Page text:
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Even with gains, SOL results fall

Halifax County school students posted gains in 12 Standards of Learning test categories, but showed poorer performances than last year on 22 test assessments, according to 2012-13 SOL scores released Tuesday by the Virginia Department of Education.

Halifax County Public Schools Superintendent Dr. Merle Herndon said she wasn’t surprised at the division’s performance.

At this time, three Halifax County Public Schools will fail to make annual measurable objectives in math including Scottsburg Elementary, Meadville Elementary and Halifax County Middle School, said Herndon.

“Next year we’ll try to get more experience on online testing. I’m not sure that giving them two days to complete the test online was a good idea,” the superintendent added.

Several new tests were given this spring, Herndon said, and the rigorous mathematics tests were given for the first time online.

The students are being asked to meet higher expectations on these challenging and innovative tests, she explained.

The online mathematics SOL tests include technology-enhanced items that mirror classroom instruction and assignments. The items require students to apply mathematical knowledge and critical-thinking skills in solving multistep problems.

Multiple-choice items on the tests also reflect the increased rigor of the mathematics standards adopted by the Board of Education in 2009.

The English and science SOL tests students took during 2012-13 were the first to reflect the increased rigor of revised standards adopted in these subject areas by the board in 2010.

Last year also marked the debut of online SOL writing tests, although all schools participated in a statewide field test of the assessments during 2011-12.

As expected, pass rates on the new tests were lower than in 2011-12.

According to the Virginia Department of Education, elementary and middle schools are fully accredited if students achieve pass rates of 75 percent or higher in English, 70 percent or higher in mathematics, 70 percent or higher in science and 70 percent or higher in history.

Halifax County Schools saw scores fall in reading and science, but overall they had increased scores in history.

Results show that Halifax County students in third grade dropped in English/reading from 81 to 73 this year and 86 to 85 in science but improved in history from 83 to 89 percent and improved in mathematics from 56 to 59 percent.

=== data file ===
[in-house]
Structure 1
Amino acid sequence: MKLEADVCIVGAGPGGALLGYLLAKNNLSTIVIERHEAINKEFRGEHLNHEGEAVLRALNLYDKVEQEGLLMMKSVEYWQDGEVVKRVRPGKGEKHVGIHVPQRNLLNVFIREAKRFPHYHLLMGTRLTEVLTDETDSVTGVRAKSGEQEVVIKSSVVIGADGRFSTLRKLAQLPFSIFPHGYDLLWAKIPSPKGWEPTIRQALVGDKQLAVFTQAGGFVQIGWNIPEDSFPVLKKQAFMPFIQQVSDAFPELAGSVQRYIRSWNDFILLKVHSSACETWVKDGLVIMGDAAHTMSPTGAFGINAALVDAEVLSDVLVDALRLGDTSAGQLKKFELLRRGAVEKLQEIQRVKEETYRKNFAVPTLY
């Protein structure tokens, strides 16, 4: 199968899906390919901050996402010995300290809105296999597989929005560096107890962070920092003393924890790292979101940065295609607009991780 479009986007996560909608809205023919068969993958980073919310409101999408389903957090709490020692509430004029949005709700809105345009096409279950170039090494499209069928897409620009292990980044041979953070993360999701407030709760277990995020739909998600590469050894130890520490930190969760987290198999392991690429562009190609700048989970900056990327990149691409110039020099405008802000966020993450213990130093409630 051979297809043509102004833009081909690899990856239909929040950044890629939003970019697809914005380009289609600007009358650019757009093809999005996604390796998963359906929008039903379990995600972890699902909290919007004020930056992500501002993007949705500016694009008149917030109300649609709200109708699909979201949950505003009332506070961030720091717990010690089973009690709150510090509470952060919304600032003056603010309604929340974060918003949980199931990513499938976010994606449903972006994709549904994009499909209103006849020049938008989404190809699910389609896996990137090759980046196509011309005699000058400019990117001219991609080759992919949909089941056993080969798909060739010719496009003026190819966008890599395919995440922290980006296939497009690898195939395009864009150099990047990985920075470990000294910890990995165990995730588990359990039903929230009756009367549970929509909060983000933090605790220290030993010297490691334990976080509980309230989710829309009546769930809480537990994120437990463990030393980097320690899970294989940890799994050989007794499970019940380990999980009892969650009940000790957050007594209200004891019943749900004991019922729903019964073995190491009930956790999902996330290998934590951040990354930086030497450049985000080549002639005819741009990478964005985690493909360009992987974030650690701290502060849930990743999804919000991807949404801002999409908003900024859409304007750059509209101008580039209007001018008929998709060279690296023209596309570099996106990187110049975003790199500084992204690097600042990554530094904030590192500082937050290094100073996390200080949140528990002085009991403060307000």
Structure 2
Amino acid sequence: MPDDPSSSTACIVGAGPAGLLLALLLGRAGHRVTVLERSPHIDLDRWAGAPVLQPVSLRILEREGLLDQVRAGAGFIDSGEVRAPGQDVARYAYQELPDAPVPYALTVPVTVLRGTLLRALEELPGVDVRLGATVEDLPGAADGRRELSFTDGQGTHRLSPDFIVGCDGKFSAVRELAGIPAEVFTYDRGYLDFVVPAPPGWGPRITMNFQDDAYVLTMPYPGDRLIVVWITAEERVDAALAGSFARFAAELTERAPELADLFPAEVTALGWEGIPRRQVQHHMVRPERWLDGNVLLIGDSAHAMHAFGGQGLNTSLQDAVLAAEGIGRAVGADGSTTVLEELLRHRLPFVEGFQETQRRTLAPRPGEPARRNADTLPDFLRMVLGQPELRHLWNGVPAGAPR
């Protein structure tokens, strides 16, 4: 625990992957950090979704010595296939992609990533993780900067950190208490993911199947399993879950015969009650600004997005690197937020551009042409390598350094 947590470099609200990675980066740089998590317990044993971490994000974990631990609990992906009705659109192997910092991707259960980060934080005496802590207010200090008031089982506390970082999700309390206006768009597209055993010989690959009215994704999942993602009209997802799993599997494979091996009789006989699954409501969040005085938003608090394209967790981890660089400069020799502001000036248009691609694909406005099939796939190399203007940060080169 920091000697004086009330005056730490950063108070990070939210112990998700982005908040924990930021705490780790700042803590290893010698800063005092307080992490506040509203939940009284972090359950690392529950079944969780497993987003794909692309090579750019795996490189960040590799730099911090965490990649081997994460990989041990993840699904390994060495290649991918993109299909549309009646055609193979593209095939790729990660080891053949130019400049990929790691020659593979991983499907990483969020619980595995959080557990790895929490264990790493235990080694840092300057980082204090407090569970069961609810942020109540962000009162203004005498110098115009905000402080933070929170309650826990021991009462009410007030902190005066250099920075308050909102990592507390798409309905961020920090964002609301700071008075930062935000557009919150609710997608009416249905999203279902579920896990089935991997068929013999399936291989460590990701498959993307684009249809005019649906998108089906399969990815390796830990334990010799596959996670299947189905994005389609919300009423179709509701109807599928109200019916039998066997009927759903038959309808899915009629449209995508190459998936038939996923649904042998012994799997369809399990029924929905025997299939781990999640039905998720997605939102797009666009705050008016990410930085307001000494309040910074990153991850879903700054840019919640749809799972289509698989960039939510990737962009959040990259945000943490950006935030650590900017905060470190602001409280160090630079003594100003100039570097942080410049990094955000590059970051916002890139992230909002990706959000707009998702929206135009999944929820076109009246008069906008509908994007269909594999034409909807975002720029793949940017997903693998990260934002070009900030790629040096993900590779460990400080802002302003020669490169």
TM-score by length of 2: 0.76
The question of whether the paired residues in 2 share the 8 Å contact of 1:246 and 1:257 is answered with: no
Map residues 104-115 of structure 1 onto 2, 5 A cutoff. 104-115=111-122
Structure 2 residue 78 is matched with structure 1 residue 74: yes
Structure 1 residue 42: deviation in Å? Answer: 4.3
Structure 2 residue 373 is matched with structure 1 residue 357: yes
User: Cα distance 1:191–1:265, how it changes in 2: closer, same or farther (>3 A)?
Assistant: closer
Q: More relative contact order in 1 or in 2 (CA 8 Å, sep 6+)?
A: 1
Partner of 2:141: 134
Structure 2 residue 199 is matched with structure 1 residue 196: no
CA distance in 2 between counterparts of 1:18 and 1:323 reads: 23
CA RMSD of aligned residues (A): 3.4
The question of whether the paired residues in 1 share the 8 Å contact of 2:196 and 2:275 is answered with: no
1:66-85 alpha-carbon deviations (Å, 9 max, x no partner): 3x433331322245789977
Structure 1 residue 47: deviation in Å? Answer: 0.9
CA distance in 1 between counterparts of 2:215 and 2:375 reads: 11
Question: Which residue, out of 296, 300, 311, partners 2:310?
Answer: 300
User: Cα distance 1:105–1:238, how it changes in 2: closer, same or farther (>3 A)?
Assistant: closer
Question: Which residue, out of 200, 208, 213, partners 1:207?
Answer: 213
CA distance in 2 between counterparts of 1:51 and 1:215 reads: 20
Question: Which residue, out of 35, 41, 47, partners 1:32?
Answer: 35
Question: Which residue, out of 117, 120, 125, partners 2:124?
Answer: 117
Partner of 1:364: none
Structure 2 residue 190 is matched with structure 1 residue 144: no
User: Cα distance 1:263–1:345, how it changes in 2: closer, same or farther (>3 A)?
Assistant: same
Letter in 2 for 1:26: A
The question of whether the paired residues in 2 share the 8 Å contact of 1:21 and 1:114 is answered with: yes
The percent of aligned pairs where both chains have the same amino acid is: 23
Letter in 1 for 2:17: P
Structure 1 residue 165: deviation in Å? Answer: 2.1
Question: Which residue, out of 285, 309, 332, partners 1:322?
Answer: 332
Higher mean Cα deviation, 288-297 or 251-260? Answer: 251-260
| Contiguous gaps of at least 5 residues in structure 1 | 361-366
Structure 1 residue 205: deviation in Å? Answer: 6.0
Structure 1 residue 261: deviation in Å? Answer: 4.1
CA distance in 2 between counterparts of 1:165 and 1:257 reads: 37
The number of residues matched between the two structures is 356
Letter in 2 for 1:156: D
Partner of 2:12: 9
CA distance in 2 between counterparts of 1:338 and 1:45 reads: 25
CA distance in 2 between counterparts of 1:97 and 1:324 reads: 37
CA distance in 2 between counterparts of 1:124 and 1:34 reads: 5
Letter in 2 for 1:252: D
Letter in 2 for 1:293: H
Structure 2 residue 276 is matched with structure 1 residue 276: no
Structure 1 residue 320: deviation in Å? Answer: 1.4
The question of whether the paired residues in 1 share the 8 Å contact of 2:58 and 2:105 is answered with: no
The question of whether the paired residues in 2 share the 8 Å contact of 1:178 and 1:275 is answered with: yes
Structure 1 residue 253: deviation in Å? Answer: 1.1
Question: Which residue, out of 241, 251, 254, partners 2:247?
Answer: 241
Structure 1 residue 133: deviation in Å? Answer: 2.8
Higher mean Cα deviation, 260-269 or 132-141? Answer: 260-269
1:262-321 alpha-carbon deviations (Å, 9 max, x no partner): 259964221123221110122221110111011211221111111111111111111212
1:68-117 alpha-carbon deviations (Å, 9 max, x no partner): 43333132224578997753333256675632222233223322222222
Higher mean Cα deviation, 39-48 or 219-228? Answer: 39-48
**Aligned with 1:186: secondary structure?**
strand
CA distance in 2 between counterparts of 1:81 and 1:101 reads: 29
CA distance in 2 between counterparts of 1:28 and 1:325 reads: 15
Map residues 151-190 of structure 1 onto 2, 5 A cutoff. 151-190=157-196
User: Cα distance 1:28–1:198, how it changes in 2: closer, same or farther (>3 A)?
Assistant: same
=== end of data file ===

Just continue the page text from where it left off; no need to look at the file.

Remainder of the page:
Grade 4 students showed a dramatic drop in English/reading from last year’s 90 percent dropping to 68 percent this year. County fourth graders also showed decreases in mathematics scores from 71 percent last year to 63 percent this year. 

Grade 5 students lost ground in English/reading dropping to 67 percent from the previous year’s score of 92 percent. Fifth graders also scored 68 percent in writing down from last year’s score of 89 percent. However, they improved in mathematics to 76 percent from last year’s 72 percent but decreased in science from 89 to 66 percent. 

Grade 6 students decreased from 75 percent to 62 percent in English/reading, but improved in mathematics from 60 to 65 percent. 

Grade 7 students’ scores dropped in English/reading from 79 percent to 66 percent and in mathematics from 42 to 20 percent. 

Grade 8 English/reading scores decreased from 82 to 54 percent; while writing scores dropped from 86 to 52 percent. The eighth graders’ scores in mathematics increased from 43 to 54 percent, but they saw a drop in science from 90 percent last year to 50 percent this spring.

End of course Algebra I results increased from 72 to 75 percent, and Algebra II students posted gains from 73 to 77 percent.

End of course geometry scores increased slightly from 68 to 69.

“I’m not surprised at the scores. I expected lower scores. It gives us an opportunity to see how we can change and to keep moving on,” Herndon concluded.

The VDOE said Tuesday that student achievement had improved on the challenging mathematics Standards of Learning tests that were first introduced two years ago. 

Statewide, 71 percent of students passed the mathematics assessment for their grade level course, compared with 68 percent during the 2011-2012 school year.  

 “Raising standards is difficult, but well worth the effort. We are asking students to meet higher expectations so that when they graduate, they will be ready for college and the work force,” said Superintendent of Public Instruction Patricia I. Wright.